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College Budgeting: What to Know When You Head to Campus

As long summer days start to wane, the time comes for a new crop of college students each year to leave the nest. If heading off to State U is in the very near future for you, don’t worry. While college gets more expensive with each passing year, knowing a few of the potential hidden costs ahead of time can help you dodge the worst offenders and keep a few extra bucks in your wallet for emergencies (or that new t-shirt).

Build your budget beyond tuition

Don’t think of tuition as an all-in cost for your education: it’s not. Make sure you think about these other expenses to avoid getting stuck with unexpected costs that drain your budget.

Course materials and lab fees

There will likely be at least one class you take that charges more for using studios, lab facilities or other materials. There may also be supplies, equipment or protective gear you’ll need to purchase on your own, too. Some of these costs you may not be able to skirt, but it can help if you’re able to share a calculator with a friend, buy used, or split the cost with a student who’ll take the course in a successive term.

It’s probably not the case that you think of your books as a hidden cost (often referred to as the combo of “books and tuition”), but they’re a cost that’s often tacked on when you’re much closer to your class schedule that can be significant. Think about either renting your textbooks if allowed, or by planning to use some of the buyback programs that major online retailers offer. And that’s just for the books that actually turn out to be required texts.

Transit and parking

Whether you’re coming from your job a mile away, or commuting from a home base further off-campus, parking costs can be a hidden pitfall that you don’t discover until you’re looking to leave your wheels on campus. A parking permit can be another costly little addition to your budget, which can also flex (read: rise) as the campus tries to deal with a possible parking problem or budgetary shortfall elsewhere.

Hopefully public transportation is also an option for you to opt out of a hefty parking fee – and don’t forget that some public transportation programs discount especially for students, which can make their rates even more competitive. Online versions of classes can also help you avoid the back-and-forth of commuting too – especially if they fall during peak travel times for your area.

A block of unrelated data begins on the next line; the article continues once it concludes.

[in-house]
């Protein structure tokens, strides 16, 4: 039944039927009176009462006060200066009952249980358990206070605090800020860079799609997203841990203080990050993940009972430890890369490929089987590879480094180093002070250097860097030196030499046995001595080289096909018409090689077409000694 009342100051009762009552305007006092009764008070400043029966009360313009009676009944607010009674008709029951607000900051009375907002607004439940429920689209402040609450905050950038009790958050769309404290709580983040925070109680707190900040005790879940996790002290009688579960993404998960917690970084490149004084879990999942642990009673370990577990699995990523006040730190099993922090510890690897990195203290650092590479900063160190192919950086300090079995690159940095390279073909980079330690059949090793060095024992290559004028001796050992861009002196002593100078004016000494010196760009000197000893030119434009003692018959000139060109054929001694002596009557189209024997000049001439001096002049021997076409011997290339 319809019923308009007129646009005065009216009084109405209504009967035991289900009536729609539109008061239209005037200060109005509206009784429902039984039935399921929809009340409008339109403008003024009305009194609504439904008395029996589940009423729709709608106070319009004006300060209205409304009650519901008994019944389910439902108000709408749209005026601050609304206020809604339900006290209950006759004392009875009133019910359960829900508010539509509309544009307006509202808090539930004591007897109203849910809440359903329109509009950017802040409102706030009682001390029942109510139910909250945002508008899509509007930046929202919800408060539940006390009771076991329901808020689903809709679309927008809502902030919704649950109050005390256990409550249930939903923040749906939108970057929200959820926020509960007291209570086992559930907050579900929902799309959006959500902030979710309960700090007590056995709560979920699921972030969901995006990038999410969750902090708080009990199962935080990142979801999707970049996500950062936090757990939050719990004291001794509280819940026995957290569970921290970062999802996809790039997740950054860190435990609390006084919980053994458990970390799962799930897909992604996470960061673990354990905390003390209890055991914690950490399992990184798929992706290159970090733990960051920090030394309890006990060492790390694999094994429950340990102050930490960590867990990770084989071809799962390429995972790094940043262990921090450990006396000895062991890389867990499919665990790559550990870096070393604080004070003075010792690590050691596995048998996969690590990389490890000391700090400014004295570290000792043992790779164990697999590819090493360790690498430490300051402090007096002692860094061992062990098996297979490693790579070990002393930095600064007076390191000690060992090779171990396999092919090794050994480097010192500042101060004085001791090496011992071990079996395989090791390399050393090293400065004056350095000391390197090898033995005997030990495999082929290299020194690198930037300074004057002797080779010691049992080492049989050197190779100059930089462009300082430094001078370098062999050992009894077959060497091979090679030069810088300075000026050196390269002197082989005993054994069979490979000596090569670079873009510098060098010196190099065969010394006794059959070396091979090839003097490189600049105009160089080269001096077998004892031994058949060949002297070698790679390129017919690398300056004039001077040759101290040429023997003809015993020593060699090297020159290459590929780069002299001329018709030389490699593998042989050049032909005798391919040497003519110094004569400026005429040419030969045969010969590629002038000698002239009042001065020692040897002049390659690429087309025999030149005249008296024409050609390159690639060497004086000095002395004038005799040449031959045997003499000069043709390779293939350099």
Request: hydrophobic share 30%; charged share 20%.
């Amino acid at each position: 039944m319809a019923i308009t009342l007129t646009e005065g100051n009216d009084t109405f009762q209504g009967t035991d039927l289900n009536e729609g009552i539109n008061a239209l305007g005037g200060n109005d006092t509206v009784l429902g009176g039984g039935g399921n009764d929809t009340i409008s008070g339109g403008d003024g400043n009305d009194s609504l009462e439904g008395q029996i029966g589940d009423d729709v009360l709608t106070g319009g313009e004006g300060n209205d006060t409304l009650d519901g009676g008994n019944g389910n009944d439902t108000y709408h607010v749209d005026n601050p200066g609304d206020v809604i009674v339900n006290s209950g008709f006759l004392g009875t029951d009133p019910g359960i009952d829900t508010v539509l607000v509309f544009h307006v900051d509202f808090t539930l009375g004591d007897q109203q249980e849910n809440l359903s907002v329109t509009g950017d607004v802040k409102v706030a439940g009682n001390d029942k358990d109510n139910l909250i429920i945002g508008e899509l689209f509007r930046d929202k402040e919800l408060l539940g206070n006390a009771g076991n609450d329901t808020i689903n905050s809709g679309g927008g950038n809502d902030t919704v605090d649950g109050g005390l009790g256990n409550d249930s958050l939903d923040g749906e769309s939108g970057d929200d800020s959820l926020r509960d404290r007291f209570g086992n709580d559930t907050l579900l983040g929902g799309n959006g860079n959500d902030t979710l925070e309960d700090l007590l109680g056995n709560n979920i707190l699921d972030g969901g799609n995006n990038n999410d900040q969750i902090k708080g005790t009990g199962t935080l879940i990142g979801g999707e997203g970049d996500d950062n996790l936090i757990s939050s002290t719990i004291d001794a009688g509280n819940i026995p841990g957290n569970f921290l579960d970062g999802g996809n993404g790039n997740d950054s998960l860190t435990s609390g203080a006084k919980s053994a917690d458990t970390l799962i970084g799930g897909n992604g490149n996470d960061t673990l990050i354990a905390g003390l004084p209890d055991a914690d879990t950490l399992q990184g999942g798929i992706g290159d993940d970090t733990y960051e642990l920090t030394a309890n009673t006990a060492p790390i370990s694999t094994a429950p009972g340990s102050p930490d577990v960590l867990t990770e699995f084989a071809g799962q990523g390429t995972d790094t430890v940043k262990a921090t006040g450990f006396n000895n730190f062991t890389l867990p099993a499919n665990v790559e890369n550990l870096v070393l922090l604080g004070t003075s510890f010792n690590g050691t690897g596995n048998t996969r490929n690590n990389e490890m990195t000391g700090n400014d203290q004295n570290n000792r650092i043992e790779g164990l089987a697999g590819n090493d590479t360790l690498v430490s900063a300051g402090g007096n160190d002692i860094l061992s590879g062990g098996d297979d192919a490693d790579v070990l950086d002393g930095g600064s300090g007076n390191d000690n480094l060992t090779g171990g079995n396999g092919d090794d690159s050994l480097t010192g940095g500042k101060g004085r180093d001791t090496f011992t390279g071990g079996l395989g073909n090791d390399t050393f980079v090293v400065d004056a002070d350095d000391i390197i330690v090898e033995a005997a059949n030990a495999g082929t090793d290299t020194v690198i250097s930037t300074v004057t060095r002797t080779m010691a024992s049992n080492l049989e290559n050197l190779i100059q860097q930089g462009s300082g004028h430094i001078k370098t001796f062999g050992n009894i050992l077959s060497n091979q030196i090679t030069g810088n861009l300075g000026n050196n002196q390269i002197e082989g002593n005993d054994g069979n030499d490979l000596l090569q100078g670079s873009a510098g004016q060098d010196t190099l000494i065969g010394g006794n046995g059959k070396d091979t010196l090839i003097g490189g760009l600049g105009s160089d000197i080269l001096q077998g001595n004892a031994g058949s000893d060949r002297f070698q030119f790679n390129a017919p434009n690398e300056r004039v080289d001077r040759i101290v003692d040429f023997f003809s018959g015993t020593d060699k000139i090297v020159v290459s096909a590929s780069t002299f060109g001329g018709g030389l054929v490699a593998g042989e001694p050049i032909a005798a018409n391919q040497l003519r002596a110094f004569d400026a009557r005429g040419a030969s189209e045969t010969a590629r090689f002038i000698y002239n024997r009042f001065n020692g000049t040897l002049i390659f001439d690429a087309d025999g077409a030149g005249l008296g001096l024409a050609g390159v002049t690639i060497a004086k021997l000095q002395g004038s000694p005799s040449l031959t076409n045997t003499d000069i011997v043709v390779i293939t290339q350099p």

The five-year plan

Nobody sets out wanting their college time to spill over into extra semesters (or, gulp – years). But the reality is that it’s taking undergrads longer to claim their caps due to crowded course selection and an impacted system with limited flexibility or exploration. And, if you’re trying to balance a work schedule with your classes, it’s even more difficult to balance both responsibilities when you get sick, or a class requires extra attention to pass.

It’s not an easy thing to plan for, since there are any number of ways that might trigger a change or adjustment that ends up putting your graduation date behind. There may be ways to maximize less expensive summer tuition rates, or classes that are more valuable to you as double-counters that help both your major and your minor, for instance. Getting cozy with your course catalog, and getting a little insight from an academic planner or department assistant can help you make the most of your time on campus without enjoying the privilege of ‘super senior’ status.

The basics

Like any convenience dining, dining hall food can be unexpectedly pricy. Meal plans are typically broken into levels that make a certain number of your meals each week planning-free noshes. However, you’re usually paying a premium for food that leaves something to be desired when it comes to both price and sometimes freshness, too. It’s not hard to do better and eat better even if you’re the most junior novice of chefs.

Do your homework before you embark on a mission to make all your meals in a microwave or on an illicit hot plate in your dorm room: after all, you may not even have the time or to shop or the ability to transport groceries back and forth to your dorm room. But student discounts when you do dine out can always help keep money in your pocket.

The other place you can also be savvy about costs are the small things you’ll need to replenish on a regular basis: soap. Toothpaste. Glass cleaner. Discounted grocers can help you stretch your money a bit farther- nothing wrong with buying the store brand when you want to scrimp a bit here to save up for your next Spring Break adventure. And you won’t have to pay shipping, which is where online grocery subscription services can tack on fees that end up putting them above on-shelf pricing. Make sure you use a comparison tool when you’re getting started, to see if you’re really taking advantage of the best deals.

As you get started and prepare to head out on your own, remember that small expenses make a big difference in a budget you’re just getting off the ground. Keeping an eye out now for the cost-related curveballs that come your way means you can figure out your response and stay on track.

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